Darlene Dadian-Gray A.M. Sheehan

Editor’s note: These are powerful stories from our Oxford Hills community of folks who have gone through challenging times and found ways to recover. The ‘Resilience Matters to Me’ campaign helps foster a community of care and empowers the ability to build resilience through connecting and reaching out, to support and be supported. Thanks to all who are bravely sharing their stories, encouraging others to break the silence and stigma and know that no one is alone. 

There are 10 Adverse Childhood Experiences (ACEs) that have been recognized as causing harm later in life. ACEs can include violence, abuse, and growing up in a family with mental health or substance use problems. Toxic stress from ACEs can change brain development and affect how the body responds to stress. ACEs are linked to chronic health problems, mental illness, and substance misuse in adulthood.

Of those 10, Darlene Dadian-Gray, 50, acknowledges she had six ACEs in her childhood. In foster care from the age of 13, she had her first son at the tender age of 17 – just three days after graduating high school. “After he was born,” she says, “I became an emancipated minor.”

She and her son’s father moved to Maine.

“In Maine I was able to find key people [to support her] … in particular David Pitt. He would just let me pop into his shop and talk. We developed a close friendship which we still have 32 years later. He’s now 92.”

Dadian-Gray says that having different people along the way who simply listened helped her.


She and her first son’s dad divorced and she lost everything. “it was challenging but having a friend support system helped me gt through. Looking back I can see how toxic the relationship was, but in it, I couldn’t see fully.” She describes domestic violence both physical and emotional on a daily basis. Drugs were also involved. “I jumped into the same cycle I had growing up.”

“He made it very challenging being divorced and used our son as a pawn. My son and I had family counseling and I think that helped.”

Dadian-Gray is remarried now and her face lights up when talking about her husband. “It’s very good! My husband and I met at work and were friends. A few years later we married. He is supportive and understanding. We had a son so I have two boys.”

Dadian-Gray opened her shop – The Raven Collection – 10 years ago on Main Street in Norway. She sells crystals, minerals and fossils. She gives away herself.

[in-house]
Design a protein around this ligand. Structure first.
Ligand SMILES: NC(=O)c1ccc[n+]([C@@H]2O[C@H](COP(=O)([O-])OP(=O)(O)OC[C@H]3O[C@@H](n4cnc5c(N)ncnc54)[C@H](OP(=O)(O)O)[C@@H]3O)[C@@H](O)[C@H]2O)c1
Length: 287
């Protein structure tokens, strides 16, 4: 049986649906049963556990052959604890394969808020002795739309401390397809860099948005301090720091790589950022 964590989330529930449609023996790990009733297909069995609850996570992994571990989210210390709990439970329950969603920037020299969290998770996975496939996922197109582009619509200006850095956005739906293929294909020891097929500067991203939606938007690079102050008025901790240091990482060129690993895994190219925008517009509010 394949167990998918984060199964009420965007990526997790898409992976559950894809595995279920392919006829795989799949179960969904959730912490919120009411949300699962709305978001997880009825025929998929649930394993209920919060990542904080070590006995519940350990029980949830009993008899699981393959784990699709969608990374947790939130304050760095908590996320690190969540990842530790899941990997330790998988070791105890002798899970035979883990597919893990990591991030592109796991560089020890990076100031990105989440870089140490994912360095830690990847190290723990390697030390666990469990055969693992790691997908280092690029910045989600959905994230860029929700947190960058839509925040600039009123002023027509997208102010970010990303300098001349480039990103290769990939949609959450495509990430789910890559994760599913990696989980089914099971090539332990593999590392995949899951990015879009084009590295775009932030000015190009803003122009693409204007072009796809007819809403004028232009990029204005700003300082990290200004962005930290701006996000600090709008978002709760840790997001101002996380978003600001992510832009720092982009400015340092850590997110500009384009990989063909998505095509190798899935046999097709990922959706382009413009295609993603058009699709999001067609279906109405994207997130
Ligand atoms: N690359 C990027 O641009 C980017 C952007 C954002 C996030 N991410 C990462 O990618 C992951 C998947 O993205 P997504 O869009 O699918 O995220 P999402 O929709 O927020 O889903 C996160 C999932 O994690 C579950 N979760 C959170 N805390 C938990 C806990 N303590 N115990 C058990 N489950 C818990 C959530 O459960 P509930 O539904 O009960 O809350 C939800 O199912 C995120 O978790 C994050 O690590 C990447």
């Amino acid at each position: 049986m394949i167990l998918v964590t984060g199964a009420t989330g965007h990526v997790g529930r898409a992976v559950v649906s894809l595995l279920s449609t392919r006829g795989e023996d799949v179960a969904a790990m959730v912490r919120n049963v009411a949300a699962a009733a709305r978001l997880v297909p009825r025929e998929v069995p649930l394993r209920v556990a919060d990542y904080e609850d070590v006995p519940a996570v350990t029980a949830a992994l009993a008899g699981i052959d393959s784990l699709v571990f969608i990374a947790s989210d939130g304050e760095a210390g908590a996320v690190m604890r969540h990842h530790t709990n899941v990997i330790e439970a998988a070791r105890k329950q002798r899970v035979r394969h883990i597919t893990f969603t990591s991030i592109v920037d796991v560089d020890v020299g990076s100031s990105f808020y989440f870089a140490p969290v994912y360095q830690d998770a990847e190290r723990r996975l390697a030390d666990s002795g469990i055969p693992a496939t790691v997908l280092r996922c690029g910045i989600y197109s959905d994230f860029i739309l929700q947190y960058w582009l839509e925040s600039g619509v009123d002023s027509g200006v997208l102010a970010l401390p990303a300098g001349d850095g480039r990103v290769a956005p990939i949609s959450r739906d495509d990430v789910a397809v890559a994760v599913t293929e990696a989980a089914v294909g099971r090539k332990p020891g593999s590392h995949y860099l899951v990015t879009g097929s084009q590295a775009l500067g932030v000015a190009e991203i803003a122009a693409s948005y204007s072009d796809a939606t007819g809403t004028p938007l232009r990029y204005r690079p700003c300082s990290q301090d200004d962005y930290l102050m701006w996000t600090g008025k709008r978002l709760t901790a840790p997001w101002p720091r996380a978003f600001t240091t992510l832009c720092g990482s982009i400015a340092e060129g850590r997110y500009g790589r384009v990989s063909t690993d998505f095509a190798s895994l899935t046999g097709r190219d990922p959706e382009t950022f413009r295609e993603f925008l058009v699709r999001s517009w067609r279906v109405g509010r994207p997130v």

“At the shop I have a lot of young adults come and I always try to give them time and understanding when they talk about school or their lives. They call me the Main Street Momma or the Mom on Main Street!

“They usually come looking for crystals or minerals to help them with meditation. Some [people] believe crystals have healing properties. And sometimes, when I’m helping them find the right crystal, they open up with their stories. I’m glad I can be an ear for them. I wouldn’t have it any other way.


“When they share their stories it’s bittersweet for me…I can relate. I share that and they know they are not alone.”

Most of these young adults, she says, are teens.

“Once kids are done with sixth grade, there are not a lot of resources for teens, especially over the summer…to make connections with adults.”

She says where she grew up there was a Girls Club with myriad activities and all the activities had adults.

Dadian-Gray says she thinks what made her resilient was a couple of family members, especially her grandfather, who “continue to belive in me and support me no matter what.”

“Our poor teachers are struggling…they want to be there for the kids but we’re in such a political state that teachers don’t want to share their insight for fear of backlash.

“I can’t stress enough the support of only one [or multiple] … just find one person in life who will listen – not solve – just listen. Sometimes saying things out loud gives you a better understanding of yourself and your situation.

“What I do is not problem solving…it’s just an outlet for being heard.”

QR code for Resilient Maine website

“Hard things happen – Make a connection – Connecting helps us rebuild – Love. Support. Connect.” Look for these messages around the community and get involved in the campaign. Everyone can build resilience in ourselves, and help to build it amongst loved ones and community – so reach out because one positive relationship can make all the difference in a life. Visit www.resiliencematterstome.com to find all kinds of resources and supportive ideas, or reach out to Brendan Schauffler brendan.schauffler@mainehealth.org or Emma DayBranch emma.daybranch@mainehealth.org.                             

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